DRY RIDGE, Ky. – Call it a mission, a passion, a lot of work… whatever you call it, Jody Keeley said, it just gets into your skin.
It’s not a hospital. It’s not a sit-down, one-on-one therapy session. It’s fun.
That’s how Keeley, a 54-year-old mom, grandma, teacher and equine therapist, refers to equine therapy at her non-profit Lovesome Stables in Dry Ridge.
For wearing all those hats, and at least one saddle, and for overcoming “significant personal obstacles,” Gov. Steve Beshear honored Keeley recently with Kentucky’s Challenge Award.
“It’s been said that a lot of people doing a little bit can make a big difference,” Beshear said to Keeley and 14 others honored in August. “You have shown that one person doing a lot, can cause a wave of change.”
But the recognition isn’t why she does what she does.
“It is my life. It’s just what I do. [I] do it for the love of human beings.”
Keeley, who at one time wanted to be a veterinarian, is a PATH International certified equine therapy instructor who has been helping children and adults excel on horses for eight years. She works with about 50 riders with an array of special needs, including autism, ADHD, fetal alcoholism and traumatic brain injuries. Her riders range from 4 to 72 years old.
Lovesome, she said, is where “everyone is welcome to horse around.”
“I just love them,” Keeley said. “You can do a lot of things with [horses],”
Lovesome, which means ‘a warm embrace’, has been Keeley’s dream for as long as she can remember. And while starting a family and a career shifted her priorities, she never forgot about one day opening a stable dedicated to those with special needs.
It’s a place where those with needs more severe than most, can come, laugh and horse around, while building their confidence and abilities.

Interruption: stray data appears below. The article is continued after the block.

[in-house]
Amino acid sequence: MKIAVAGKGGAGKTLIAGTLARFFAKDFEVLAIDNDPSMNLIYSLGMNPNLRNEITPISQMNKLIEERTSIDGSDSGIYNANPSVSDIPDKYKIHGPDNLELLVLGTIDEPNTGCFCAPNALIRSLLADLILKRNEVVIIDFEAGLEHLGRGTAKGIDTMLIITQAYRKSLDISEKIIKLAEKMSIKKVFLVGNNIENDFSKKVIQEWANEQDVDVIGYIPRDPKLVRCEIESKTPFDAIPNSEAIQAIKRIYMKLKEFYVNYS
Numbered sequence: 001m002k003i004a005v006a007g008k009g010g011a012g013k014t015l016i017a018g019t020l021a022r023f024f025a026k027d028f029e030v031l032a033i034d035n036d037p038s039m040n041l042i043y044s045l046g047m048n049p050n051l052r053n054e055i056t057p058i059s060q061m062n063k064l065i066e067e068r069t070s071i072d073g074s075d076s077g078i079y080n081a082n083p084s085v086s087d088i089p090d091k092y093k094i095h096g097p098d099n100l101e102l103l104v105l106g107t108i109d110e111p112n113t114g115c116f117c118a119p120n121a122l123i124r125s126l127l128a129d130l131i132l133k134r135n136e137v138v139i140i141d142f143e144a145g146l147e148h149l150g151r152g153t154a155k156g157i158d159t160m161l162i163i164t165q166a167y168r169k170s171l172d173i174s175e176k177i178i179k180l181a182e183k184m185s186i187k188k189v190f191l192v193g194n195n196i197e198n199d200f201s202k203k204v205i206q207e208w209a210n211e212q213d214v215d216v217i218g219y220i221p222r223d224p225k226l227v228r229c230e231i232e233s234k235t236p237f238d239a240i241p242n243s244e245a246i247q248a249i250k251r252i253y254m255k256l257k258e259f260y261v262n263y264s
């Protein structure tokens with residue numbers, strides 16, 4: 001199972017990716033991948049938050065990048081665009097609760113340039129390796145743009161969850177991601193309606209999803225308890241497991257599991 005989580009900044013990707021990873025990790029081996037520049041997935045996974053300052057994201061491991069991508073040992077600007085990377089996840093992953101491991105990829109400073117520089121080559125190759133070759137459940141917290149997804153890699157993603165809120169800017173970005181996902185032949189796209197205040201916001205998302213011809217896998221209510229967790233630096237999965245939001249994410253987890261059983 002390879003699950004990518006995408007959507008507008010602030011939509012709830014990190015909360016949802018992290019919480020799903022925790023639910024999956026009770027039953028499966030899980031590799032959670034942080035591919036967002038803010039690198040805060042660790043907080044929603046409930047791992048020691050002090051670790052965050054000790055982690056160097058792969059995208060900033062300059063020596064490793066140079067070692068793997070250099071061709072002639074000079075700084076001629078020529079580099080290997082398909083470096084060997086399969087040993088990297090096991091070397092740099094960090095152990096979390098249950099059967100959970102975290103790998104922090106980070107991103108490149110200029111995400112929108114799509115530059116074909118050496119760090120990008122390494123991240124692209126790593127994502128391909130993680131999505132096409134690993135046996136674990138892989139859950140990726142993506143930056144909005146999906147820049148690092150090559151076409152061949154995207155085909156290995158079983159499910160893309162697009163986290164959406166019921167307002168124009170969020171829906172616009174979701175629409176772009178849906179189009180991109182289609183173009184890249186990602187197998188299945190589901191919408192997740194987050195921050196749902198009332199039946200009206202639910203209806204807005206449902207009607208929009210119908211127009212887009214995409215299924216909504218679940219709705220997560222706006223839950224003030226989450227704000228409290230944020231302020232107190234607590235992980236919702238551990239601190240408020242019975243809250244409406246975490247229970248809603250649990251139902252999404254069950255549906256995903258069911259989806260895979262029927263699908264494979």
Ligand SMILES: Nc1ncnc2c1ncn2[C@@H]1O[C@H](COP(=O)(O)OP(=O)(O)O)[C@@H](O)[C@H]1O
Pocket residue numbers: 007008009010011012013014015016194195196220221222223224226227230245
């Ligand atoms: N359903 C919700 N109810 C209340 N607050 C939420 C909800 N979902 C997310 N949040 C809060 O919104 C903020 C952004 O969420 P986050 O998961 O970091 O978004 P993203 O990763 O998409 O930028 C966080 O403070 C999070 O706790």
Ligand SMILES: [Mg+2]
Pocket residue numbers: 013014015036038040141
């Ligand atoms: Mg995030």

“The outside of a horse is good for the inside of a man.” - Winston Churchill
“Everybody gets something different out of it,” Keeley said about riding horses. “They’re very calming and therapeutic to me.”
Horse therapy, she said, “makes you think outside yourself, caring for another creature.”
Riders not only saddle up, but they also bathe, feed and brush their equine buddies.
“They may not be able to connect with a human being but they can connect with a horse,” she said, giving an example of one rider who has autism and hugged his horse.
Riding and caring for the horses, she continued, gives her riders the tools to be more sociable, interactive, independent and learn how to follow through with goals.
Autumn, the daughter of Gina Bailey of Rabbit Hash, Ky., has been in equine therapy since she was 4. Her horse, Fancy, “helps relax her and gets her excited about things,” Bailey said.
Autumn, now 10, rides in the Special Olympics and has better speech since being around Fancy, her mom said. She also attributes her improved posture to riding.
“She can sit up straight on the horses and she doesn’t do that anywhere else,” Gina said. “She’s more sociable with animals and is becoming more sociable at home.”
“Watching her grow and improve,” Gina said is the best part of the years of watching her daughter ride.
Keeley can relate to parents like Gina, because her daughter also has special needs.
Jody starts her day bright and early at 5:45 a.m.
For the next 30 minutes she gets her daughter Hannah, 25, who has special needs, ready.
After she sees her off on the bus to Redwood, she heads to the stables to feed her 10 horses.
By 7:15 a.m. she arrives at work, where she’s a teacher for pre-kindergarten special needs students at Kenton County Schools.